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Blow to wind farms  

A number of wind farms planned for the region have been held up by red tape . . . putting the Government’s energy plans in doubt.

The Sunday Sun has found 18 projects bogged down in bureaucracy . . . and there are fears that fed-up investors may take their money abroad.

The British Wind Energy Association, BWEA, is calling for the Government to tell councils they must conclude wind farm planning applications within three months.

Some have been languishing in planning limbo for years because of objections. One, in Redcar, Teesside, has been held up since March 2004. The Government is planning for 10 per cent of energy to be from renewable sources by 2010.

A BWEA spokeswoman said: “Many of the objections to these farms are quite spurious and have been dealt with in other planning applications in other areas of the country.

“This is reducing our chances of becoming the world leader in this field, yet wind energy is due to become a major industry of the future and . . . by 2020, more than 30,000 people will be employed in renewables.”

Last week, Alnwick district councillors voted against npower’s plan to place 18 wind turbines at Middlemoor, Northumberland, despite officers recommending its approval.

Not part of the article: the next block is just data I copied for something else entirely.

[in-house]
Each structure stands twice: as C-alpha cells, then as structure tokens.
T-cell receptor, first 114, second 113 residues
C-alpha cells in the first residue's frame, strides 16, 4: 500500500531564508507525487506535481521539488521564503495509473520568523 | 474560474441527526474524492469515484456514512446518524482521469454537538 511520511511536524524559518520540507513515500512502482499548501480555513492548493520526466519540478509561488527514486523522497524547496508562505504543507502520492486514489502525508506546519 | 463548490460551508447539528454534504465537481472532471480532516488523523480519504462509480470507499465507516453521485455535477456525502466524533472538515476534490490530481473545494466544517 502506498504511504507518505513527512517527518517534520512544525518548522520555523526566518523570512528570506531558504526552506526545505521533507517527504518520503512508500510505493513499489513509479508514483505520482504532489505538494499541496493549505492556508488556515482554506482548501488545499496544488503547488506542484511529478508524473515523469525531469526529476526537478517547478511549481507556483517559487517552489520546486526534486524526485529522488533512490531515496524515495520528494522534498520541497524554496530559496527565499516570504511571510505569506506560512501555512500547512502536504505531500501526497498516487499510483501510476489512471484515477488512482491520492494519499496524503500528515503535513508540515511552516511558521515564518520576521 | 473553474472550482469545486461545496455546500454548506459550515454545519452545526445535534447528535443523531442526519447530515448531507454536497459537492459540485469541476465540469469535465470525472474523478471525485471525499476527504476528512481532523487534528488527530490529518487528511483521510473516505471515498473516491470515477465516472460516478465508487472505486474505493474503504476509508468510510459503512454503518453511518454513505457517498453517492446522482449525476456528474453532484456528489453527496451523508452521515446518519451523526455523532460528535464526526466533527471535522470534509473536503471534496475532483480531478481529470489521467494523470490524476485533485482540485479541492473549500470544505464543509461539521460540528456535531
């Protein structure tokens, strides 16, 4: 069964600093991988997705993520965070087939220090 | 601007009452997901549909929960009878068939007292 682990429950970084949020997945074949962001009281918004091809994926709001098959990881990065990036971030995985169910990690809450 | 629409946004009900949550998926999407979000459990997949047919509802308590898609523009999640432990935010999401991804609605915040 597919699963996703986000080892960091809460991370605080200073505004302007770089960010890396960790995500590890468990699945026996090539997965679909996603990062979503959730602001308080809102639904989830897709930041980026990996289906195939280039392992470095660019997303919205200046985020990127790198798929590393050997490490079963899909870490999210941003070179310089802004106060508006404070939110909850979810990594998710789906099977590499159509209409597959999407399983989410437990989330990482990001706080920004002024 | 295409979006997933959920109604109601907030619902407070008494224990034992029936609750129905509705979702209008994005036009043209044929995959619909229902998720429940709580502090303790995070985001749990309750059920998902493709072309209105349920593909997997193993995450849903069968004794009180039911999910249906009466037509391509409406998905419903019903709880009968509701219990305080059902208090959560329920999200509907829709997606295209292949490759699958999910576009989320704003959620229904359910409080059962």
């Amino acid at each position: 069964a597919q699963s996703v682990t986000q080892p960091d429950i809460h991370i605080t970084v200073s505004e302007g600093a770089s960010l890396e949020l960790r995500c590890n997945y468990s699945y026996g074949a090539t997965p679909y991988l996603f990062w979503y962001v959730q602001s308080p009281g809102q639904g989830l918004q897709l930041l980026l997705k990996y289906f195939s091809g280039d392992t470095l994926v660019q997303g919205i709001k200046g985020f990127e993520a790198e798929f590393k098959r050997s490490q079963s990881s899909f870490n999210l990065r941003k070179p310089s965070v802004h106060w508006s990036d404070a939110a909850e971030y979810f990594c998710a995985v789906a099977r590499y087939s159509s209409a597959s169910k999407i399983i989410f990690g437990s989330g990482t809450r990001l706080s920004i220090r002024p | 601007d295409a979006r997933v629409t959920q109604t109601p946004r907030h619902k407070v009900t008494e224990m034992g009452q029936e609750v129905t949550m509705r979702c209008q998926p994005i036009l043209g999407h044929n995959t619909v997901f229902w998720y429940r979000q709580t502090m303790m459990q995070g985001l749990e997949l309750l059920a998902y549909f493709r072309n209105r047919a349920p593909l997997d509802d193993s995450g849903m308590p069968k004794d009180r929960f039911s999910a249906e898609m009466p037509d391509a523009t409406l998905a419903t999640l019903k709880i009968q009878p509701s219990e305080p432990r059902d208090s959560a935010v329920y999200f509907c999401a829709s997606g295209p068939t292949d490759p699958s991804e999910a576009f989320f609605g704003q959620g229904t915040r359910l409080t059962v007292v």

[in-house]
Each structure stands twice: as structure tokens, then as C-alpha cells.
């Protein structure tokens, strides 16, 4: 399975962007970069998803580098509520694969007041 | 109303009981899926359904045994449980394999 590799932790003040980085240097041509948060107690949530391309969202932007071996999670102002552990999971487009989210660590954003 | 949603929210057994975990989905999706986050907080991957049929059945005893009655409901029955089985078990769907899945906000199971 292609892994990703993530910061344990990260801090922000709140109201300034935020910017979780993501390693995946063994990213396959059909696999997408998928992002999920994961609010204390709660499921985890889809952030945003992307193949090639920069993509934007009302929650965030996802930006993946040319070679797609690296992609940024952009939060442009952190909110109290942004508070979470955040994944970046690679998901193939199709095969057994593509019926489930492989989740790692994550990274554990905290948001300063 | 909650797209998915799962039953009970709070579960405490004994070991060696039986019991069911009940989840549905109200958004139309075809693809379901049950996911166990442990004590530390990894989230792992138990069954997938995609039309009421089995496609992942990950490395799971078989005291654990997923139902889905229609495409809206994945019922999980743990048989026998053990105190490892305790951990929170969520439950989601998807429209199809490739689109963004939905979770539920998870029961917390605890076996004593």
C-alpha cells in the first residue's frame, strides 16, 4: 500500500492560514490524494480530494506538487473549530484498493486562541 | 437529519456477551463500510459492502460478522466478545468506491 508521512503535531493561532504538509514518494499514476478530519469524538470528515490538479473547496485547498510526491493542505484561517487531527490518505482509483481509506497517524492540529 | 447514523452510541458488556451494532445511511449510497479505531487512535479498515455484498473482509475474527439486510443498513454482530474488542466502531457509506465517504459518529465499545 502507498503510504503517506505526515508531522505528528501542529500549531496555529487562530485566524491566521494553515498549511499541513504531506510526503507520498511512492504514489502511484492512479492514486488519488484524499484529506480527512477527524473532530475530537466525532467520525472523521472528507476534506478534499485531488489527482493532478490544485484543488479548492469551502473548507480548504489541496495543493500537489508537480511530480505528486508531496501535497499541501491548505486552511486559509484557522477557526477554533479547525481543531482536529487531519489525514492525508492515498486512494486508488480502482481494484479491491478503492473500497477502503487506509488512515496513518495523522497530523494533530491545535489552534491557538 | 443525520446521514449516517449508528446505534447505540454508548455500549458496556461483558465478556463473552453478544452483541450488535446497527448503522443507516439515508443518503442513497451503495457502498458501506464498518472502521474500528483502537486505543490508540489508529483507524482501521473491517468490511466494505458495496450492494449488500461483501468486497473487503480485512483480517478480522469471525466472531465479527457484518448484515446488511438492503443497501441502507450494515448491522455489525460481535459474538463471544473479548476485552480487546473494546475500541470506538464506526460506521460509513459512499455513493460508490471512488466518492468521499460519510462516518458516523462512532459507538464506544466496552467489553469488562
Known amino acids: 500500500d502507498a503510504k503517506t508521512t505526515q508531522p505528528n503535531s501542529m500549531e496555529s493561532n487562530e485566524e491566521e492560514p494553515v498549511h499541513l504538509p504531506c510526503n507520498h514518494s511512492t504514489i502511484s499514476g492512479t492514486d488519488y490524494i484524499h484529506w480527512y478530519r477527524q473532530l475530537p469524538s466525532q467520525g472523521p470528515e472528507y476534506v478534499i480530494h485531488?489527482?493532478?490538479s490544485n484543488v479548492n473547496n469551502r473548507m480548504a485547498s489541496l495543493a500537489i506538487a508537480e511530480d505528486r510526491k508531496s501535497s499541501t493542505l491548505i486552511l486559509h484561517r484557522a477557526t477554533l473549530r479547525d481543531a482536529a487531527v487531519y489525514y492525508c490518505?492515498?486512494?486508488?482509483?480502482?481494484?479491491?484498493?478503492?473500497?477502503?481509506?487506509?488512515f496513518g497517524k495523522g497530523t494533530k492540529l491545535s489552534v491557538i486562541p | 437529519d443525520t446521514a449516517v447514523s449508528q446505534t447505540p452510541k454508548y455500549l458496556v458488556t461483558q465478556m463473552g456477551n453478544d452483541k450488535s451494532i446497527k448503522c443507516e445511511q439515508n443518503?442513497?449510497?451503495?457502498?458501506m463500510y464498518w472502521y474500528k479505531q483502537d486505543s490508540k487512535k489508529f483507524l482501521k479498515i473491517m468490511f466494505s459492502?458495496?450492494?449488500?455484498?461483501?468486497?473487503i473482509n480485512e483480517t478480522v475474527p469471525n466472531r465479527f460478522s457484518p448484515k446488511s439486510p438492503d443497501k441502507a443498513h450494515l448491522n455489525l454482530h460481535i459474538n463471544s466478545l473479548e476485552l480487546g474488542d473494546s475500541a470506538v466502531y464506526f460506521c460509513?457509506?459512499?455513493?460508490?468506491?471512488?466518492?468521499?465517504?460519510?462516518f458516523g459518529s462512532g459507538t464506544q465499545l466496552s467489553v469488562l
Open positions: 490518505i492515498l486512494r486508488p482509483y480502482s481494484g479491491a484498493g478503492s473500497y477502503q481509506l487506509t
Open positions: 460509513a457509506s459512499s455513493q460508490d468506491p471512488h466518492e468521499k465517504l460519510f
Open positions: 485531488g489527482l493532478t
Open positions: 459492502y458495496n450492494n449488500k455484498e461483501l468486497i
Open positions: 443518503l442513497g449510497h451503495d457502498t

The scheme, submitted in December 2005 and backed by Northumberland County Council, would have supplied electricity to at least 27,000 homes.

To complicate matters, a study by the North East Assembly has concluded that the site could take another 10 turbines from RidgeWind Limited. They were originally earmarked for nearby Wandylaw.

Northumberland County Councillors are expected this week to vote for the scheme to go ahead. But it could again face fierce district opposition.

Dan Grierson, of TNEI – a company that helps the wind energy industry with planning applications – said: “Every survey on wind farms comes back with around 80pc of those polled being supportive of renewable wind energy. A lot of these objections are sheer nimbyism.”

Northumberland farmer Robert Thorp said: “To have 18, 125m (410ft)high turbines in Middlemoor is bad enough, but to bolt on another 10 would make this by far the biggest installation in England and Wales.

“It beggars belief and is quite ridiculous in an area where we are trying to promote the beauty of the landscape.”

Turbines tangles up by Red Tape

Wind farms by county . . . up and running, approved, rejected or submitted and presently going through the planning process.

Tyne and Wear
Operational…………………………..2
Submitted…………………………….1

County Durham
Operational……………………………5
Submitted……………………………..1
Approved……………………………….6
Refused………………………………..2
Under Construction………………….3

North Yorkshire and Teesside
Operational……………………………1
Submitted……………………………..2
Approved………………………………4
Refused………………………………..1

Cumbria
Operational…………………………14
Submitted…………………………….6
Approved………………………………1
Refused……………………………….5
Under construction………………….3

Northumberland
Operational…………………………..3
Submitted…………………………….8
Refused……………………………….6

By Phil Doherty
The Sunday Sun

icnewcastle

4 March 2007

This article is the work of the source indicated. Any opinions expressed in it are not necessarily those of National Wind Watch.

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